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Kinoene Omoya | An authentic dining and sake experience near Narita Airport

Things to Do | Visit Chiba | Latest update:2024/03/22

You’ll find the restaurant Kinoene Omoya on the grounds of Iinuma Honke, one of Chiba’s most storied sake breweries, located just 20 minutes from Narita International Airport. The Iinuma family founded Iinuma Honke over four centuries ago, and continue to own and operate the brewery to this day here in the town of Shisui. The newly renovated building that houses the restaurant is thought to be over 300 years old, and once served as the residence for multiple generations of Iinuma family members. The restaurant’s namesake comes from Kinoene, the brewery’s flagship sake brand, and the Japanese word omoya, meaning the main building of a traditional Japanese estate. The dining experience on offer here combines this deep connection to sake with centuries of tradition, creating an authentic and original way to enjoy the best of the Japanese culinary world while you’re en route to or from Narita Airport.

One of the goals of Kinoene Omoya is to provide a full-sensory experience, starting from the visual appearance of the building itself, a nationally designated cultural asset. Preserving as much of the building’s original aesthetic as possible was of the utmost importance during its renovation, and this was accomplished in large part by reusing many of the original structural support’s exposed wooden beams, pillars and fittings. The interior is furnished with tables constructed of re-purposed sake making materials, complemented with chairs and lampshades crafted by local artisans.

To fully appreciate the dining experience on offer here, it helps to understand the influence that the changing of the seasons has on Japanese culture and sake brewing. Traditionally, Japan’s yearly calendar is divided into 24 sekki, or solar terms, a system which originated in ancient China. The sekki correspond with different natural phenomena, and once provided an annual timeline for when certain agricultural tasks were to be carried out. Each sekki was also tied to rituals and ceremonies where thanks was given to gods and ancestors, and sake became a customary offering during these occasions. Thus, the sake brewing processes at breweries like Iinuma Honke were shaped in many ways by the sekki.

With the brewery’s history being so intertwined with the sekki, it was a natural choice for the restaurant’s menu to be based on the same theme. Here, the menu changes twelve times per year, once every two sekki. When the seasonal menus are created, a renowned washoku, or Japanese cuisine, chef advises the process. Healthy eating and sustainability are also given high priority when the menu is created, as an emphasis is placed on using local ingredients, as well as naturally processed and fermented foods. Many of the dishes are prepared using sake as an ingredient, and dinner guests can also order a sake pairing option in which a sommelier matches the dishes served with the most appropriate sake, many of which are brewed right on site.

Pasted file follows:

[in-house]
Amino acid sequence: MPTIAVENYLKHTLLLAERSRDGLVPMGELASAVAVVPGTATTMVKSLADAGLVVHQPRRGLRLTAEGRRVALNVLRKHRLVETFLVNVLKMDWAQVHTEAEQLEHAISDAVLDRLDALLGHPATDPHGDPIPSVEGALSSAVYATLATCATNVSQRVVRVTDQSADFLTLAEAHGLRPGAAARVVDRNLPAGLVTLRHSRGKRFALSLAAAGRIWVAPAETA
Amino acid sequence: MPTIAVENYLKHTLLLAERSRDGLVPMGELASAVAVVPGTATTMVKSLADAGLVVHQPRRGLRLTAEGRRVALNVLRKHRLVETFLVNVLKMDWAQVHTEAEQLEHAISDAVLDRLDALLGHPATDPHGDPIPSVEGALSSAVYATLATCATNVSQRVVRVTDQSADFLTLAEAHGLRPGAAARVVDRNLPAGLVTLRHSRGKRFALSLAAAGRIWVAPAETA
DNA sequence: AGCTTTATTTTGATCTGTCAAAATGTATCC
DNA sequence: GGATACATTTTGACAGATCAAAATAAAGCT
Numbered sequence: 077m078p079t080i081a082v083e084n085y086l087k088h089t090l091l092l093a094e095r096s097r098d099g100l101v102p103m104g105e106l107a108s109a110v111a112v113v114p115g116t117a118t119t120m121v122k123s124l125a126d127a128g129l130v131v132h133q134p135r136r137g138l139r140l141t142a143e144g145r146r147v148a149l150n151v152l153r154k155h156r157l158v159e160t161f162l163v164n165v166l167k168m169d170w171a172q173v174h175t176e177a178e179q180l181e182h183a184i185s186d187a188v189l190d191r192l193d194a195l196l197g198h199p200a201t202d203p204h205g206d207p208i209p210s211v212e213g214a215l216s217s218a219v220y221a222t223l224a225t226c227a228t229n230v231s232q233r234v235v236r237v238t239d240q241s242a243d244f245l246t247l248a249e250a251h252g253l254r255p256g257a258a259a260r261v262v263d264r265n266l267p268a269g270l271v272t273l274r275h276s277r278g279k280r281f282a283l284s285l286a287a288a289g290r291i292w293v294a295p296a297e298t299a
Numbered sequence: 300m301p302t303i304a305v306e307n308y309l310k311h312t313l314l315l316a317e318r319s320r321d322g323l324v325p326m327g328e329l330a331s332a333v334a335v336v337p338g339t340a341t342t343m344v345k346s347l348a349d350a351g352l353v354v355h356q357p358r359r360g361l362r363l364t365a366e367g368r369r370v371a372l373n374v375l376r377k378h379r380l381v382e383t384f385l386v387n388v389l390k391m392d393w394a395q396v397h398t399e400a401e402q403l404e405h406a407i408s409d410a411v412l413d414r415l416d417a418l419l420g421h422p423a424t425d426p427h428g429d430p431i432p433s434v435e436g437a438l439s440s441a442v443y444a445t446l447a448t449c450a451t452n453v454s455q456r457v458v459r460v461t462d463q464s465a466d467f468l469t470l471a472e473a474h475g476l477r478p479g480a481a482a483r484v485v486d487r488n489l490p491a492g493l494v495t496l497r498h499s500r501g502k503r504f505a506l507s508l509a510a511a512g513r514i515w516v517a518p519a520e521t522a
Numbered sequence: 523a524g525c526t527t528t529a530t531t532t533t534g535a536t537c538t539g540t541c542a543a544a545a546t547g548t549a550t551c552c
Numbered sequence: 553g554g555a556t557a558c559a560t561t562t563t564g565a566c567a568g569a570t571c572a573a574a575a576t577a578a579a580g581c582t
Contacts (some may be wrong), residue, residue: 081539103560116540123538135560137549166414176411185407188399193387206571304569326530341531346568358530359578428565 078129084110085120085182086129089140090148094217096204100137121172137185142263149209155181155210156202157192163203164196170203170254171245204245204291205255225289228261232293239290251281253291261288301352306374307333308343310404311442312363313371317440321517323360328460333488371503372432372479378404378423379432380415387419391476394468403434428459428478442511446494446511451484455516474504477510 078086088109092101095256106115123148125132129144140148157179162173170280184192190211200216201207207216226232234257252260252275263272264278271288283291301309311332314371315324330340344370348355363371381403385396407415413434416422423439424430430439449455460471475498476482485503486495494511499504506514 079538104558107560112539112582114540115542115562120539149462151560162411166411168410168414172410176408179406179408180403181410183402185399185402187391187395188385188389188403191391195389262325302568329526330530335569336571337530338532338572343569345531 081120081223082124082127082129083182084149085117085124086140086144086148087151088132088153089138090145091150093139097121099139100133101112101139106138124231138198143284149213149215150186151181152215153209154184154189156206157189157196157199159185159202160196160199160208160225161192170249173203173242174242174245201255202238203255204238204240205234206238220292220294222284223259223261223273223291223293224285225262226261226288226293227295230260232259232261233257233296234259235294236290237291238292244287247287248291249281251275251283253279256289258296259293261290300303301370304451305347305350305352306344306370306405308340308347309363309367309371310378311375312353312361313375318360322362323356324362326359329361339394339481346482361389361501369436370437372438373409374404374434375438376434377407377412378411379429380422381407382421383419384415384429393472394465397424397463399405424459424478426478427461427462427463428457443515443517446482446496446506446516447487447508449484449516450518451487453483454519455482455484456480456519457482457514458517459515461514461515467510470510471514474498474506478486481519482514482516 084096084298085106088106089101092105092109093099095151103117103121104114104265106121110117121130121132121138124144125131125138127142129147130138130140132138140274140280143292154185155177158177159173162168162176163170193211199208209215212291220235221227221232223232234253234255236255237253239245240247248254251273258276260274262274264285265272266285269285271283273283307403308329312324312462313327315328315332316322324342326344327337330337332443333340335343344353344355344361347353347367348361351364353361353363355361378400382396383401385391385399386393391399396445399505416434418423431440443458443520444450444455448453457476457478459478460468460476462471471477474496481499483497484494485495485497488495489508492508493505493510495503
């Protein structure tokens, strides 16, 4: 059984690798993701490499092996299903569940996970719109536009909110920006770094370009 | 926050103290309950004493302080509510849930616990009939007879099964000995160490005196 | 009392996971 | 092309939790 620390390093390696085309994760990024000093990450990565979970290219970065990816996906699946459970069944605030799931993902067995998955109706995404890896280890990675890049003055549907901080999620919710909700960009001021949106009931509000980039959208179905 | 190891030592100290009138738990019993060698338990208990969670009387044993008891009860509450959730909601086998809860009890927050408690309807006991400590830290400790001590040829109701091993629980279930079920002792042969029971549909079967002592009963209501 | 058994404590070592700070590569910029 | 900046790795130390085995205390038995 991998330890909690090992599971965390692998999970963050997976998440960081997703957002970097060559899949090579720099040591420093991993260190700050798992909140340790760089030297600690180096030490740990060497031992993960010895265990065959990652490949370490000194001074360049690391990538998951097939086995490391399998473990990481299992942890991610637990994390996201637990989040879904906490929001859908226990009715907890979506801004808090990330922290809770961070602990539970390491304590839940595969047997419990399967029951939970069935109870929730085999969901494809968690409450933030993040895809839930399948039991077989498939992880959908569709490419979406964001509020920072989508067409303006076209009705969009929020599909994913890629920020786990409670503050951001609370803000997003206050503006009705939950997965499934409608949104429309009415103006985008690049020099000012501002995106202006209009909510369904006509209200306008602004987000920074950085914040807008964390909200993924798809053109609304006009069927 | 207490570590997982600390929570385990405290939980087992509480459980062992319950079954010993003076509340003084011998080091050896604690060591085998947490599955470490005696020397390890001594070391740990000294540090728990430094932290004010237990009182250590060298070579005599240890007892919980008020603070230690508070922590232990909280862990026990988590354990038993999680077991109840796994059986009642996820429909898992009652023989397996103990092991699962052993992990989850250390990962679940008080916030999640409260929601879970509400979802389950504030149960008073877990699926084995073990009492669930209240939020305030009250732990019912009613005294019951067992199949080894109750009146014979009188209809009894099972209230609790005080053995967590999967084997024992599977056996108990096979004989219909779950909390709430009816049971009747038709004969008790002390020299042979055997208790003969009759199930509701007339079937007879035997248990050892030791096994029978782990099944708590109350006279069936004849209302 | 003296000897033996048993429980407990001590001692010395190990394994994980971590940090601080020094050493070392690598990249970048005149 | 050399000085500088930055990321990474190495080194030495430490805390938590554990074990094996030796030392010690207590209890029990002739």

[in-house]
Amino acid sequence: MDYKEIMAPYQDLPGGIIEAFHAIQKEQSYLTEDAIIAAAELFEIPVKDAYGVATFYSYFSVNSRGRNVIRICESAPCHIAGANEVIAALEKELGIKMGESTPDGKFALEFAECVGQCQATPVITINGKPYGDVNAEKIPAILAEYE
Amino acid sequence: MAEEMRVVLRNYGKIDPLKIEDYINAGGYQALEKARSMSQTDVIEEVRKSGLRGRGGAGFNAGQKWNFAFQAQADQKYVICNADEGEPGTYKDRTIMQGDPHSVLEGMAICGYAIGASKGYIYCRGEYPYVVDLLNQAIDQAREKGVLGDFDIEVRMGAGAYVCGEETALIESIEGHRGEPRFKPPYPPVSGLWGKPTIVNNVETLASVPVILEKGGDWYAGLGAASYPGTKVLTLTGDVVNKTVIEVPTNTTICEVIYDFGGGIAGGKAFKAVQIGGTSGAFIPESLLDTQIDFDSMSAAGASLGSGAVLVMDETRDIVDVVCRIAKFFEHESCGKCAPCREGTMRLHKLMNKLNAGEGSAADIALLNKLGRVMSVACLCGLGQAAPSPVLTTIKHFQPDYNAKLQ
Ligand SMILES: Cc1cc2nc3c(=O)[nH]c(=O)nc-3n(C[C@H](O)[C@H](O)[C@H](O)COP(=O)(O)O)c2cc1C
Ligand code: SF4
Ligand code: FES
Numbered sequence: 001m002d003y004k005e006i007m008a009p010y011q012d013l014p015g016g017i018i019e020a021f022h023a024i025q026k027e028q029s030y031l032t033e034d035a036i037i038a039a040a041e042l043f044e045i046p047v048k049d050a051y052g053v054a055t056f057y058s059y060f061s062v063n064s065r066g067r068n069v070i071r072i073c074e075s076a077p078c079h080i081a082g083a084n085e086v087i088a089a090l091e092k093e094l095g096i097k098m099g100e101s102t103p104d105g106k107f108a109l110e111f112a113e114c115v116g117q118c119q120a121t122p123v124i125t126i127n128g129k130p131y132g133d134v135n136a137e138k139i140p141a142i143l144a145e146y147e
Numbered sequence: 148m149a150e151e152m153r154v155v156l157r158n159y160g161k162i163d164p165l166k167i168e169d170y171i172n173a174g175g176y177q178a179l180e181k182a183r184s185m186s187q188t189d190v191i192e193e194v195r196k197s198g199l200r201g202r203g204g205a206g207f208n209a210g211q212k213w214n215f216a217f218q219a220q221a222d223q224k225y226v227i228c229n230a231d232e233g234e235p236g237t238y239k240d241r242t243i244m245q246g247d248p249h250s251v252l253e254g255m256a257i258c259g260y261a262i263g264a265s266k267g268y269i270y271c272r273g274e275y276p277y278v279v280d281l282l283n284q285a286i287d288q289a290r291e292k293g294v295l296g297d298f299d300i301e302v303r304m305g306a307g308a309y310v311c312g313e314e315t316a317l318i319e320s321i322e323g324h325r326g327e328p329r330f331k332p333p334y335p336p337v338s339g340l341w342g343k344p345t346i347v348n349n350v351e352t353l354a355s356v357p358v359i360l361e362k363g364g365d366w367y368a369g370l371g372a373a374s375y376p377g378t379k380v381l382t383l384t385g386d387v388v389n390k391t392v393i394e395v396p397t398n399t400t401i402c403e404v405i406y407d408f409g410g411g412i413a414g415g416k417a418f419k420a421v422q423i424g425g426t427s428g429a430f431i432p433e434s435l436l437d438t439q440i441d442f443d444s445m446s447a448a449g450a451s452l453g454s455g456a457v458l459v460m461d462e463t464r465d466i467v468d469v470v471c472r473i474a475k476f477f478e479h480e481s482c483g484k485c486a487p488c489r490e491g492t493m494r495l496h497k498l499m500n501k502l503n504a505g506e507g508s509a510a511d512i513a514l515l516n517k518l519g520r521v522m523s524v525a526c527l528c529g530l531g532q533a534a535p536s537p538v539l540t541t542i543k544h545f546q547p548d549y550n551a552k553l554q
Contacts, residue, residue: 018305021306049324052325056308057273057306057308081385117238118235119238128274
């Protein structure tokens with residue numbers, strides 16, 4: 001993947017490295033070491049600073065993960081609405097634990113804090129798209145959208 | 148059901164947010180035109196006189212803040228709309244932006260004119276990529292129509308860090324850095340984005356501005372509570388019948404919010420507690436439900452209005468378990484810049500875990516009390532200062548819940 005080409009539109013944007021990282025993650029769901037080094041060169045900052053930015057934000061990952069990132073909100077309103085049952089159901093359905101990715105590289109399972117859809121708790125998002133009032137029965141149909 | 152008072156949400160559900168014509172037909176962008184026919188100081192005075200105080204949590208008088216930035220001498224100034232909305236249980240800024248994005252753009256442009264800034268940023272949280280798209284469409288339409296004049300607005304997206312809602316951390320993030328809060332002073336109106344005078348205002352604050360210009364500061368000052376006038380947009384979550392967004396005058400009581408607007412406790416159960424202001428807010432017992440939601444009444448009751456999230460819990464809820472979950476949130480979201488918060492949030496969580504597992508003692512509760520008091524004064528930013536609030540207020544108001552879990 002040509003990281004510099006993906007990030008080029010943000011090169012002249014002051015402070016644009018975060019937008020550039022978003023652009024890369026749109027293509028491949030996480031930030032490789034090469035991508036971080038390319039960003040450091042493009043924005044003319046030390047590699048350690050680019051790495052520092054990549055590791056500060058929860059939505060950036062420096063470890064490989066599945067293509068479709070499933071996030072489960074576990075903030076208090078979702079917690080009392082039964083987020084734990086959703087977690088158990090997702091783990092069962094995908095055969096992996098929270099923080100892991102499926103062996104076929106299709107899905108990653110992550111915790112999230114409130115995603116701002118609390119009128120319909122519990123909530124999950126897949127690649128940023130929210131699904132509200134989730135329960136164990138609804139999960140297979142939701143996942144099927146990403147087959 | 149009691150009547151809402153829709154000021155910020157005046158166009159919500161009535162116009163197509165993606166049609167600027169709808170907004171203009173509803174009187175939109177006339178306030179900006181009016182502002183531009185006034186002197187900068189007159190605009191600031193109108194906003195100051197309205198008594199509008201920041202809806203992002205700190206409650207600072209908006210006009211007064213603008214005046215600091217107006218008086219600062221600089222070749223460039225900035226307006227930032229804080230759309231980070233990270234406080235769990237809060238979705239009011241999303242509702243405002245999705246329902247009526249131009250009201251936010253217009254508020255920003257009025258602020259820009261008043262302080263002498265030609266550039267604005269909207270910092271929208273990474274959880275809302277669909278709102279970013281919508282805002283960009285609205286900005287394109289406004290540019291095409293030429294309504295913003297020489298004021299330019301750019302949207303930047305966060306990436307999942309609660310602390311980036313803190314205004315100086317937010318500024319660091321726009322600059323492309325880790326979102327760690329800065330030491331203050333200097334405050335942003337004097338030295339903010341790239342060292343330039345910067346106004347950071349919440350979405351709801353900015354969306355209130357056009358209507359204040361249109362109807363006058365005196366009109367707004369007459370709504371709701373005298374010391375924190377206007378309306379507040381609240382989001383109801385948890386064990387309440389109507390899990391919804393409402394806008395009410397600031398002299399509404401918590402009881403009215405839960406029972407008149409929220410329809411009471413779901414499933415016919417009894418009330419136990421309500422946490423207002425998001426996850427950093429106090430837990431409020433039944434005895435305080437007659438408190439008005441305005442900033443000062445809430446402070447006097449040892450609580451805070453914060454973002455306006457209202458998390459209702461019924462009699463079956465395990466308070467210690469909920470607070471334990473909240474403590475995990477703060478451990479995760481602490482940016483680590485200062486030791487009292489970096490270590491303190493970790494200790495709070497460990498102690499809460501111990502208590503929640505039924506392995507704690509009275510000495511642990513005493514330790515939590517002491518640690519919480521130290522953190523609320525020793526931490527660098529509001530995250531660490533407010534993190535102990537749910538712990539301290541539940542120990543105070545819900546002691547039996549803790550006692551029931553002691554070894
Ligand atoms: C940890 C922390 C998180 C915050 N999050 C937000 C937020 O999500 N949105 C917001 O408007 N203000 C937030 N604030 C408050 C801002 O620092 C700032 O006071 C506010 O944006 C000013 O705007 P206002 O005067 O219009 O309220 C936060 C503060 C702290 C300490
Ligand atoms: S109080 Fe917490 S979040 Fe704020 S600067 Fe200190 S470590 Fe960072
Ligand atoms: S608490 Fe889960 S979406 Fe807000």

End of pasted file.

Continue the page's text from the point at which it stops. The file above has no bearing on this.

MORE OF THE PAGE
Those coming to Kinoene Omoya during lunchtime can enjoy a beautifully arranged seasonal single-course meal consisting of a variety of dishes, providing a luxuriously well-balanced and fulfilling meal.

On our visit to Kinoene in November, we came for dinner and feasted on the Ritto, or the “onset of winter,” course menu. Seasonal seafood catches like crab and mackerel were served along with dishes made of ingredients which tended to skew rich and creamy, such as sake lees, soy milk, sweet potatoes and peanuts. Other favorites of fall like ginkgo biloba and yuzu added further complexity to the dishes. Reds, oranges and yellows were central to the presentation as symbols of autumn, as was the recurring maple leaf motif.

This was truly one of the most memorable and delicious meals we’ve all had during our times in Japan, as opportunities to dine at a place as special as Kinoene Omoya are rare, even for us locals. Being welcomed into the old Iinuma homestead felt like we were about to be treated to a fine feast inside a museum, and the carefully crafted menu brought the sensation to life by taking us on a tour through centuries of Japanese culinary culture. If you’re looking to discover the essence of umami dining during your Tokyo trip, head on over to the countryside just beyond Narita Airport for an unforgettable experience at Kinoene Omoya. To learn more, please visit their website:

Sightseeing Spots

Iinuma Honke

Iinuma Honke is a sake brewery dating back 400 years located in Chiba's Shisui-machi, and offers brewery tours by reservation. There is a shop here where you can sample and purchase sake, such as their flagship Kinoene brand. Visitors here can also enjoy dishes prepared with local ingredients at the Kinoene Omoya restaurant, and Sakagura Cafe.

106 Umabashi, Shisuimachi, Inbagun

(A 10-minute walk from JR Minami Shisui Station)



  • Handicap parking
  • Written communication for the hearing impaired
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